BEIJING — China has found another 170 tons of tainted milk powder in an emergency crackdown that has made it increasingly clear many products discovered in the country's 2008 milk scandal were repackaged for sale instead of destroyed.
The growing number of cases in recent weeks challenges the government's earlier promise to overhaul its approach to food safety after hundreds of thousands of children in that scandal were sickened by milk products tainted with an industrial chemical. At least six children died.
Tainted milk products have recently emerged in China's largest city, Shanghai, and in the provinces of Shaanxi, Shandong, Liaoning, Guizhou, Jilin and Hebei.
China's 10-day emergency crackdown on the products is set to end Wednesday, and it was not clear whether it would be extended.
In the latest discovery, officials recalled more than 170 tons of milk powder tainted by the industrial chemical melamine and closed two dairy companies in the northern region of Ningxia, the China Daily newspaper reported Monday.
The report said officials seized 72 tons of the powder but were still looking for the rest, which had been repackaged by the Ningxia Tiantian Dairy Co. Ltd. and sold to factories in the neighboring region of Inner Mongolia and the bustling southern provinces of Guangdong and Fujian.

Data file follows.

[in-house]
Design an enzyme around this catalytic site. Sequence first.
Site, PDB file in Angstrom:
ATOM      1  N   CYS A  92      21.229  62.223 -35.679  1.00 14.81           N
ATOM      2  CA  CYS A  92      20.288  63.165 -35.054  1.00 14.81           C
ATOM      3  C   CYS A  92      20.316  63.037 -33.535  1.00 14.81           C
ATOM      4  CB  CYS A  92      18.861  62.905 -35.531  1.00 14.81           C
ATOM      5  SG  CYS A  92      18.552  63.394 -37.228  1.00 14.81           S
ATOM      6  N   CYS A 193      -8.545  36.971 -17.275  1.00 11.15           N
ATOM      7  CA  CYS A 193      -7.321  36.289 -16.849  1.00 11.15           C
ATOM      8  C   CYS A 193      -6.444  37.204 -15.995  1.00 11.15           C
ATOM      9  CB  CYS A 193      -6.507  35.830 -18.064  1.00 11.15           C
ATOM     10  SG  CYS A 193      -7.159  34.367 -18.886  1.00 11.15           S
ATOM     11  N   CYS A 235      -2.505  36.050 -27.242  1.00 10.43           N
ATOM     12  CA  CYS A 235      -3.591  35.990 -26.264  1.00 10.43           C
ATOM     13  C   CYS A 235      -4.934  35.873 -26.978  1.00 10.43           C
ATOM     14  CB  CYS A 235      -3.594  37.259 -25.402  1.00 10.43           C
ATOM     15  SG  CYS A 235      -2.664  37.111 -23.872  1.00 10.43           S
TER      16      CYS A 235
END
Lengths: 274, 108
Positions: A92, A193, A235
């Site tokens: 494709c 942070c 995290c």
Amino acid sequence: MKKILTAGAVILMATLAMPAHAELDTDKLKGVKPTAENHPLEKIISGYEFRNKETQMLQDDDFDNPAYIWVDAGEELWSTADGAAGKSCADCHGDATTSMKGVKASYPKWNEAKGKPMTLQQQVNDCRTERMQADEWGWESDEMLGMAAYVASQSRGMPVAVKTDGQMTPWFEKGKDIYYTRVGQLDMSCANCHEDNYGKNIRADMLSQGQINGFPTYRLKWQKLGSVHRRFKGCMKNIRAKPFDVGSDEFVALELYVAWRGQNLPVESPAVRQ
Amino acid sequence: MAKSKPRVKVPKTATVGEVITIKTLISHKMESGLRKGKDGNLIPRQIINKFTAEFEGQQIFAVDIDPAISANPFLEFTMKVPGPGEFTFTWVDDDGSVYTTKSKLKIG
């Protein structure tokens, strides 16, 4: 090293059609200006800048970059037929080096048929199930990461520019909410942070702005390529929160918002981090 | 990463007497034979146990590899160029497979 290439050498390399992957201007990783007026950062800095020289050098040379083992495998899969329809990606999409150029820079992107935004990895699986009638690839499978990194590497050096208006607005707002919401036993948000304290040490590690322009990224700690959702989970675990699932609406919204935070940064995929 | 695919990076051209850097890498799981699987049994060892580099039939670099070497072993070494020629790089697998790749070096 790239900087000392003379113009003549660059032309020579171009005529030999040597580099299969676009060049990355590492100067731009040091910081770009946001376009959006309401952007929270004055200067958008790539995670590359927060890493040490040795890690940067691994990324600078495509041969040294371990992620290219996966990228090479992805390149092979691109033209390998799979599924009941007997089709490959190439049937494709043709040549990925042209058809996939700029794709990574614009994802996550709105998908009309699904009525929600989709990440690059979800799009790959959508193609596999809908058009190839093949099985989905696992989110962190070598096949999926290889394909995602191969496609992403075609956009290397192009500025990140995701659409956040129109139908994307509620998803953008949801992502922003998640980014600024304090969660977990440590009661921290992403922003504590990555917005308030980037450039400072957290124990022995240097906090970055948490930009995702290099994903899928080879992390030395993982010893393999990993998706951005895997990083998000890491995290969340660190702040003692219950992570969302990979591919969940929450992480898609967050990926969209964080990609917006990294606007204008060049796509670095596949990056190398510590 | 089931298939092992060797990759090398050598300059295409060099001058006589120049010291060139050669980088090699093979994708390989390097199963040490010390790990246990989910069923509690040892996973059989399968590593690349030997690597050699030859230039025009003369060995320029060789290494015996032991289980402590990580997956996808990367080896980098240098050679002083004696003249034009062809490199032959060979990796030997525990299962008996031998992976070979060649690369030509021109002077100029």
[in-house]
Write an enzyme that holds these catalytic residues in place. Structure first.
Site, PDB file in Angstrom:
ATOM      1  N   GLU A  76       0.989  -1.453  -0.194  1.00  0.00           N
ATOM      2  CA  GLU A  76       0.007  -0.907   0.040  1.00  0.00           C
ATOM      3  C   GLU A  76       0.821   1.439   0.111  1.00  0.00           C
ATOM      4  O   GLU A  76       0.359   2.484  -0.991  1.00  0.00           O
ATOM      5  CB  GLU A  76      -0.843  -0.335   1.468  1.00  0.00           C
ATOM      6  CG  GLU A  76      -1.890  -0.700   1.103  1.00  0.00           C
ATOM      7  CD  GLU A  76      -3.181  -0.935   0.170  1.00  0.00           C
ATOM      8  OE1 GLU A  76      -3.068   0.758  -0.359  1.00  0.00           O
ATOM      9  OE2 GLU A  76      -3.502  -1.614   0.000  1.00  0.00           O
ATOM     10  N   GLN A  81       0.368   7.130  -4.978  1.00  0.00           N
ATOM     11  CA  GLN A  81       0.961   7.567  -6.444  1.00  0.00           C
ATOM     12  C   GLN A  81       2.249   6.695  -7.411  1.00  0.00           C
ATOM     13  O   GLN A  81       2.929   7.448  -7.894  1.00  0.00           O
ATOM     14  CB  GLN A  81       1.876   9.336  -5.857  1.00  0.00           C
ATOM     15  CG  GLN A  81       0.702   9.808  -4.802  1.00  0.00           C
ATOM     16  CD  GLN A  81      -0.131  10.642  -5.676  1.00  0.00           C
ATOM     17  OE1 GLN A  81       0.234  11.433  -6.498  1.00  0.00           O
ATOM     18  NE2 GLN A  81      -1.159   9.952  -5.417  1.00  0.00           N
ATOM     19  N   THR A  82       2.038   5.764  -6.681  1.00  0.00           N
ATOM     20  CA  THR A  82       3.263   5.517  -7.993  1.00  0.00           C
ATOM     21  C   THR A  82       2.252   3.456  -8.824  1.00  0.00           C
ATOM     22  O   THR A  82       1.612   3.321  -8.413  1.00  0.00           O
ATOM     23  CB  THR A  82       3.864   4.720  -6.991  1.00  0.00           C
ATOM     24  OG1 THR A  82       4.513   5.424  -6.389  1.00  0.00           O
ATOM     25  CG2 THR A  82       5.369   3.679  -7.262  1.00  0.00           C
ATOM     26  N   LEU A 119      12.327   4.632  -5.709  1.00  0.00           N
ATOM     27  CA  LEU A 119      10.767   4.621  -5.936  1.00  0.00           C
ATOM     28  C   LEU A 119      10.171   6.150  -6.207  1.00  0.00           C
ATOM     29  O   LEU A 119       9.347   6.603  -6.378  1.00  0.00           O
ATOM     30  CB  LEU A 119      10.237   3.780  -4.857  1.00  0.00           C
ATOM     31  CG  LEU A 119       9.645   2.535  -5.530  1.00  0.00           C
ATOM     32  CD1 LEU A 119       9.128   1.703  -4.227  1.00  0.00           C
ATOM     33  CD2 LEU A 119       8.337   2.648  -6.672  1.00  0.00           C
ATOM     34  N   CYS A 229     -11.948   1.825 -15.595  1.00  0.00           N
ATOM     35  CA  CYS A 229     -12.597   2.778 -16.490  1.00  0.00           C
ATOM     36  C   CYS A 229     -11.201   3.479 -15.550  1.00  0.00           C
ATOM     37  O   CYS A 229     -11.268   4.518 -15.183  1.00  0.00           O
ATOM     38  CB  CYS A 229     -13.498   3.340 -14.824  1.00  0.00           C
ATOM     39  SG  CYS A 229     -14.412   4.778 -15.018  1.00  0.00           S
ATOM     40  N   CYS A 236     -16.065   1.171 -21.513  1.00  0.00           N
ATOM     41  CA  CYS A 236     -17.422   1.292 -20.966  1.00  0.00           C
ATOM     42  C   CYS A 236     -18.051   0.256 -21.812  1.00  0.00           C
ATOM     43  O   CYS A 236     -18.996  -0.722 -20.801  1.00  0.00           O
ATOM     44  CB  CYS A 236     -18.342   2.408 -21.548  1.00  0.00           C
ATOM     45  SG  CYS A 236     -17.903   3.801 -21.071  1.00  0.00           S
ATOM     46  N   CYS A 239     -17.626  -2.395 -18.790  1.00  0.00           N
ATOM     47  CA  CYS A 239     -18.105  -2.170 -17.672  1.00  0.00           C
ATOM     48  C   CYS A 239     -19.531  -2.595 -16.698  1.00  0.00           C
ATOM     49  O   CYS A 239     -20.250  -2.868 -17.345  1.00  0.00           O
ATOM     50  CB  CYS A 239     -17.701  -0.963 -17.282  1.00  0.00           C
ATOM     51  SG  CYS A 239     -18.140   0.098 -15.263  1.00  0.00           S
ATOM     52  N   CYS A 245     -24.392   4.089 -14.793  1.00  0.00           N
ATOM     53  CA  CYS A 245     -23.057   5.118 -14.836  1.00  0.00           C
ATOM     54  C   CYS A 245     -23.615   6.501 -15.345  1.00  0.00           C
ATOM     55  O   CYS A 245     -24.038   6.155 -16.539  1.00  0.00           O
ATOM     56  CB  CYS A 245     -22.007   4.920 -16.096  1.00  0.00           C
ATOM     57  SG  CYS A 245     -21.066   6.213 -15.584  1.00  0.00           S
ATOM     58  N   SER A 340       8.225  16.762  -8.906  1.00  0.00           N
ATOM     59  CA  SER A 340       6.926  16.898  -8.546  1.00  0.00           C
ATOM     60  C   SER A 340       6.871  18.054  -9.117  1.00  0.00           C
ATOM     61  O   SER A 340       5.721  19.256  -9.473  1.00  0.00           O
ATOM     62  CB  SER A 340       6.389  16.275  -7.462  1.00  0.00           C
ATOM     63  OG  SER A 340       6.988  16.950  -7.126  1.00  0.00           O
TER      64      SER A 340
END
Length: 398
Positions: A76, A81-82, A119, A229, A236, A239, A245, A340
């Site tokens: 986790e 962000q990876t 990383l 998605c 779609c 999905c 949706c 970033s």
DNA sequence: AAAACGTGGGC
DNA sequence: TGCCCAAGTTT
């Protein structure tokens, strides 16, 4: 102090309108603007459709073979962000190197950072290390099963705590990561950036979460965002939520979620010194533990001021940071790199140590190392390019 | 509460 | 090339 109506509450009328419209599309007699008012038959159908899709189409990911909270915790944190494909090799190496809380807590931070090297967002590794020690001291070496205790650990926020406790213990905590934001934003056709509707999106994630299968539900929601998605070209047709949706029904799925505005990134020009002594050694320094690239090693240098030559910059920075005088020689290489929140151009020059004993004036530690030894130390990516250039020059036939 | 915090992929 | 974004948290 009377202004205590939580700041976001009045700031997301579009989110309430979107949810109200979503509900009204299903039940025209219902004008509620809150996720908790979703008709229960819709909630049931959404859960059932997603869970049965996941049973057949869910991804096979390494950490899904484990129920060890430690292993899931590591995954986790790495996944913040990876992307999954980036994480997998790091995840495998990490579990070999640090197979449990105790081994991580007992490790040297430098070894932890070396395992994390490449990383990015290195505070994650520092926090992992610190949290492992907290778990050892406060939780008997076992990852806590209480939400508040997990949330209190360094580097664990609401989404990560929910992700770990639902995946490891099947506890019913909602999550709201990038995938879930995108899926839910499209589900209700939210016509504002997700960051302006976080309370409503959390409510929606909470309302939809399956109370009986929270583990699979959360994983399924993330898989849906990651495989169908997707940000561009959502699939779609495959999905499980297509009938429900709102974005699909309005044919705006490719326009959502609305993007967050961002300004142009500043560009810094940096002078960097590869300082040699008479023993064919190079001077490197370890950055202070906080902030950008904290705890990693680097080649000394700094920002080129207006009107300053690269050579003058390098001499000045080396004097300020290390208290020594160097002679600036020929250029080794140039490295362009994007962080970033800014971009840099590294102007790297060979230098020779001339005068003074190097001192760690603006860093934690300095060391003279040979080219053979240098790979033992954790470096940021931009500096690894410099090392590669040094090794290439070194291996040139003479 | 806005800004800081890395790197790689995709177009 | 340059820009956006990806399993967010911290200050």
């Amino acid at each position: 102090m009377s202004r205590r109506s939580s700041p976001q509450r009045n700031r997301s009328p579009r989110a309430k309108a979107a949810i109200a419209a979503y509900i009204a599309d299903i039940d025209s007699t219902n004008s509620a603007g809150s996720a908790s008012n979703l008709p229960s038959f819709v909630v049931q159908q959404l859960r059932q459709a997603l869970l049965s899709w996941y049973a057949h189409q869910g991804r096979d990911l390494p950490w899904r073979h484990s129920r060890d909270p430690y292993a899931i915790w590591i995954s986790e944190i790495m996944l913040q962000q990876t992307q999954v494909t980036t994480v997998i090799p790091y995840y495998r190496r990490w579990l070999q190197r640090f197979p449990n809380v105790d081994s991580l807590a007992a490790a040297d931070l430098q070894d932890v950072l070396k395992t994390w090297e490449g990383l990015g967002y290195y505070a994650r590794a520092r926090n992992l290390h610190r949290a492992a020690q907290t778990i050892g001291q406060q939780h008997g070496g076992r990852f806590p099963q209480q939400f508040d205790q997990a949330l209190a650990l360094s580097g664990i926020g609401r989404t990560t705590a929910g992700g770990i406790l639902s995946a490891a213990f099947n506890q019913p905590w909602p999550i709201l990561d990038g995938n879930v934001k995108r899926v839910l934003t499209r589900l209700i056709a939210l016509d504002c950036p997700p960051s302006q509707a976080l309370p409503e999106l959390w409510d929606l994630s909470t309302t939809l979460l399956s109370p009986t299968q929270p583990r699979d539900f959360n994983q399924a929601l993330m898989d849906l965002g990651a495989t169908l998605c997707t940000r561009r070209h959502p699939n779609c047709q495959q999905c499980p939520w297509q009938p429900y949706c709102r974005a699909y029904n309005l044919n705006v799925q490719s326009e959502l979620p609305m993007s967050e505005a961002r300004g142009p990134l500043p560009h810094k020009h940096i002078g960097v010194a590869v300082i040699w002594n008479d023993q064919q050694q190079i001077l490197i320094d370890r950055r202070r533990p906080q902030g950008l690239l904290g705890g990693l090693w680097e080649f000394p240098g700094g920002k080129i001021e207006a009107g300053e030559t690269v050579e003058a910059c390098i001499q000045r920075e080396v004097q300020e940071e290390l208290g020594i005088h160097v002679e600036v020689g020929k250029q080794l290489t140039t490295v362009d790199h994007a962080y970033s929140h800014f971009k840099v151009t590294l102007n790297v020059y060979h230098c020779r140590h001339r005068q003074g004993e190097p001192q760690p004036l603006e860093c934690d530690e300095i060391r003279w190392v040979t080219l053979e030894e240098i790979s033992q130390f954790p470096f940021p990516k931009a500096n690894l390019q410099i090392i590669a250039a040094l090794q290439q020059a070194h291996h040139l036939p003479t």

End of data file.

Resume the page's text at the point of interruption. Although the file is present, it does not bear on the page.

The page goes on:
Dairy suppliers in the past have been accused of adding melamine, which is high in nitrogen, to make milk appear protein-rich in quality tests.
The report said tainted powder should have been destroyed after the 2008 scandal broke, adding Ningxia Tiantian Dairy got it from an unnamed company as a debt payment.
"Our small companies were in total trust of their partners because they've been doing business and having good relations with them for a long time," Zhao Shuming, secretary-general of the Ningxia Dairy Industry Association, told The Associated Press. "They didn't expect those companies would hurt them."
China Daily quoted Zhao as saying many small dairies, including Ningxia Tiantian, don't have the technology to test for melamine.
"Flaws in the previous system led to the current chaos. What if companies with tainted milk also hold back their stocks for this round of checkups and reuse them later, just like what's happening now?" the newspaper quoted him as saying.
Zhao spoke more carefully Monday, telling the AP, "We have strict checks and our client companies have strict checks too."
The 2008 milk scandal was China's worst food safety crisis in years. Chinese officials knew tracking and getting rid of the tainted products would be difficult, but the government didn't promise to destroy seized products itself.
Instead, it issued guidelines on how to destroy the tainted products, suggesting they be burned in incinerators or buried in landfills.